The Ghost Writer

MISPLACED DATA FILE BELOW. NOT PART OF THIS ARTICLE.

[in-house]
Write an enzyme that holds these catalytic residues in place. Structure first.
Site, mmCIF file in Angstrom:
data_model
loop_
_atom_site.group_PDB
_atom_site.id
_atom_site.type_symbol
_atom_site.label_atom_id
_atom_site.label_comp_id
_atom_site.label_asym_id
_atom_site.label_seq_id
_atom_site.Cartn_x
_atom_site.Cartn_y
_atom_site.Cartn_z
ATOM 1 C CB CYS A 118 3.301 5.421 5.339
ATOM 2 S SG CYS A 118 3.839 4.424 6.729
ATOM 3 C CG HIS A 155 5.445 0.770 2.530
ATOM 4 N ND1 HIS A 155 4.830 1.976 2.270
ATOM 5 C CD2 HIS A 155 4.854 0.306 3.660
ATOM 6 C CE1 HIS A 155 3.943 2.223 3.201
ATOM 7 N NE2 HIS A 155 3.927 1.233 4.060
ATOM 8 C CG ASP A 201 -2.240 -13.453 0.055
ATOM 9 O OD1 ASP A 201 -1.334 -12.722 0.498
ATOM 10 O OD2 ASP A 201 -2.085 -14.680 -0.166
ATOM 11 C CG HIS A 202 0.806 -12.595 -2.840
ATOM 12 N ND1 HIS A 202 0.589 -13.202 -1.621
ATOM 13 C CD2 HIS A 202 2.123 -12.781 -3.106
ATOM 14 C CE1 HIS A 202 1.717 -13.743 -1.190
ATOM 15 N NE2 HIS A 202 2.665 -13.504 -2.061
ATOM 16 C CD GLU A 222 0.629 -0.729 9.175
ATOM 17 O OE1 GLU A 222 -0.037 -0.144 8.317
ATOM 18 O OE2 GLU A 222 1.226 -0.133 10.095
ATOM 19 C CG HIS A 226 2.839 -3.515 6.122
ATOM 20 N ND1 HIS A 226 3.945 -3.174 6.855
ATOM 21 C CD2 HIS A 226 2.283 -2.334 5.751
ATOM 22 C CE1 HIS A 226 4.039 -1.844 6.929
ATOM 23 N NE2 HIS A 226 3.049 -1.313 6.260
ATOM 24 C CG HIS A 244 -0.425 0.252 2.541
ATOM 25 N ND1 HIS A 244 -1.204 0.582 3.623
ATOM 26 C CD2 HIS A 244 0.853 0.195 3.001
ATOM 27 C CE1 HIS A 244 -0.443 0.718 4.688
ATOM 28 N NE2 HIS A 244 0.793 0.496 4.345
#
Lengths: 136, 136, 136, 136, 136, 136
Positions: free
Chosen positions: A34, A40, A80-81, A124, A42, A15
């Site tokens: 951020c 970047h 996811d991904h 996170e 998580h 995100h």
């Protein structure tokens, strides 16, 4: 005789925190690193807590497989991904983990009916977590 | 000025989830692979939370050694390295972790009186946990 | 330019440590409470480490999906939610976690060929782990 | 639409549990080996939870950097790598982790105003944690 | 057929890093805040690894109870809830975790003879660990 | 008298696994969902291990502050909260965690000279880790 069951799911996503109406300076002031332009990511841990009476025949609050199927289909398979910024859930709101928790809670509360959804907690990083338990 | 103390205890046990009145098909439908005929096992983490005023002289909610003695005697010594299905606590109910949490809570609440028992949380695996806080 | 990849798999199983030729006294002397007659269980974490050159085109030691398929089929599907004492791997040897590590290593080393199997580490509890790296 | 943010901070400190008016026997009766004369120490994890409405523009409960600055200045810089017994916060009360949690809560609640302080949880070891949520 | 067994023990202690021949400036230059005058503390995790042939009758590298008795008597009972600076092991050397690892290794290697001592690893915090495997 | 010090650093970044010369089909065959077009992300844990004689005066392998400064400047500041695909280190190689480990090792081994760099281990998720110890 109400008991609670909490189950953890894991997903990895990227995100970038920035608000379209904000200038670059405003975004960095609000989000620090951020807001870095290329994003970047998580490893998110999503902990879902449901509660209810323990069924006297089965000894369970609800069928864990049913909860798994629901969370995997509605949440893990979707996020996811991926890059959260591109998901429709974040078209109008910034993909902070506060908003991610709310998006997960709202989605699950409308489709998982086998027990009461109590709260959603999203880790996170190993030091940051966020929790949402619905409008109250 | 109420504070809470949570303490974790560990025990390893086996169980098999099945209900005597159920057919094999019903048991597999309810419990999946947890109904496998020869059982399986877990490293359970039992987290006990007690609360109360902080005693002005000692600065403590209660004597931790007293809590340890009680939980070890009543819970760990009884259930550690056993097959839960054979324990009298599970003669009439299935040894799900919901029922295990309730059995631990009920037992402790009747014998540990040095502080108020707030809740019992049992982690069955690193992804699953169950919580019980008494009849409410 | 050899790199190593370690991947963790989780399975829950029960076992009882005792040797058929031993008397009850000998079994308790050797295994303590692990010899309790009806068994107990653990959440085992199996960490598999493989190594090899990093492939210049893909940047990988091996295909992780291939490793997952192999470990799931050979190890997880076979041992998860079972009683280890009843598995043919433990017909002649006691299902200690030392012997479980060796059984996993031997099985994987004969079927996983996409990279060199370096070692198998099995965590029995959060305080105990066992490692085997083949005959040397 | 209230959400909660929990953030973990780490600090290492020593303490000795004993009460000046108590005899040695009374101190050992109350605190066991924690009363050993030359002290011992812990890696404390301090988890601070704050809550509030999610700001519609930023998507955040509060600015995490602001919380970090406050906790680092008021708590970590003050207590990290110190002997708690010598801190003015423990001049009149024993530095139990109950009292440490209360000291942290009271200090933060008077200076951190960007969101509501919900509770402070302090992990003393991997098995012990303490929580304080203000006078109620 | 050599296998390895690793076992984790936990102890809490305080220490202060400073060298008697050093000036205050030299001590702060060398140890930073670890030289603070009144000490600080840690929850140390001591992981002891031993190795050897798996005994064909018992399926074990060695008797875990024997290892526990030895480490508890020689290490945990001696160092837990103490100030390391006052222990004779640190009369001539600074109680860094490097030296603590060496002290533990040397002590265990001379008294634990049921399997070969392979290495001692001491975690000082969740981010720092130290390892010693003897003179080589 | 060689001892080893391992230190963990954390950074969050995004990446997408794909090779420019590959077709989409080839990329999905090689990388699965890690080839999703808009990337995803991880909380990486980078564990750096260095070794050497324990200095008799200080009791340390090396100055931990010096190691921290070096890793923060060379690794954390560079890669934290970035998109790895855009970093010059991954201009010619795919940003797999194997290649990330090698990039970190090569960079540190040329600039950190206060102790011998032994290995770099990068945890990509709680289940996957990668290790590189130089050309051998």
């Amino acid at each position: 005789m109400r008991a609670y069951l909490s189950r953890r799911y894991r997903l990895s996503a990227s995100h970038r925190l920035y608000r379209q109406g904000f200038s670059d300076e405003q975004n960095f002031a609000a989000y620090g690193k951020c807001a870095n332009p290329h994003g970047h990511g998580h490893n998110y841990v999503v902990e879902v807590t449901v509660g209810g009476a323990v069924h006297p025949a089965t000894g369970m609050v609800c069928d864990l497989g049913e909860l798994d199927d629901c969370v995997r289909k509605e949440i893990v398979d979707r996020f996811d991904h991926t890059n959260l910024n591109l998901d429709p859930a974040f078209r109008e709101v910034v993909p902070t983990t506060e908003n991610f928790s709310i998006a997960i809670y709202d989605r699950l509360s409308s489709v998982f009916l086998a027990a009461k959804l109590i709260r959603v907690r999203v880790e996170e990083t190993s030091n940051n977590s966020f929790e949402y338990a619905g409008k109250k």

It’s so frustrating to know that Roman Polanski makes great movies at least in part because he’s such a creep. But here it is: a classic-seeming new thriller with the recriminative gall also to be an inside joke about how we’ve let the real world turn into a Polanski movie. Ominous intrigue ensues when a nameless writer steps in for a mysteriously dead predecessor to massage the memoirs of an embattled, self-exiled former British prime minister. In a career-best performance, Pierce Brosnan stands in not just for Tony Blair (with a touch of Reagan) but also for the notoriously banished filmmaker himself. Olivia Williams also excels as his brilliant, tetchy Lady Macbeth-like wife, and Ewan McGregor’s promise is restored by his role as the appropriately apparitional cipher at the story’s core. Although adapted by the director and Robert Harris from Harris’ novel, the movie’s masterful control—from its elegantly foreboding opening to the mordant glee of a striking final shot—is pure Polanski.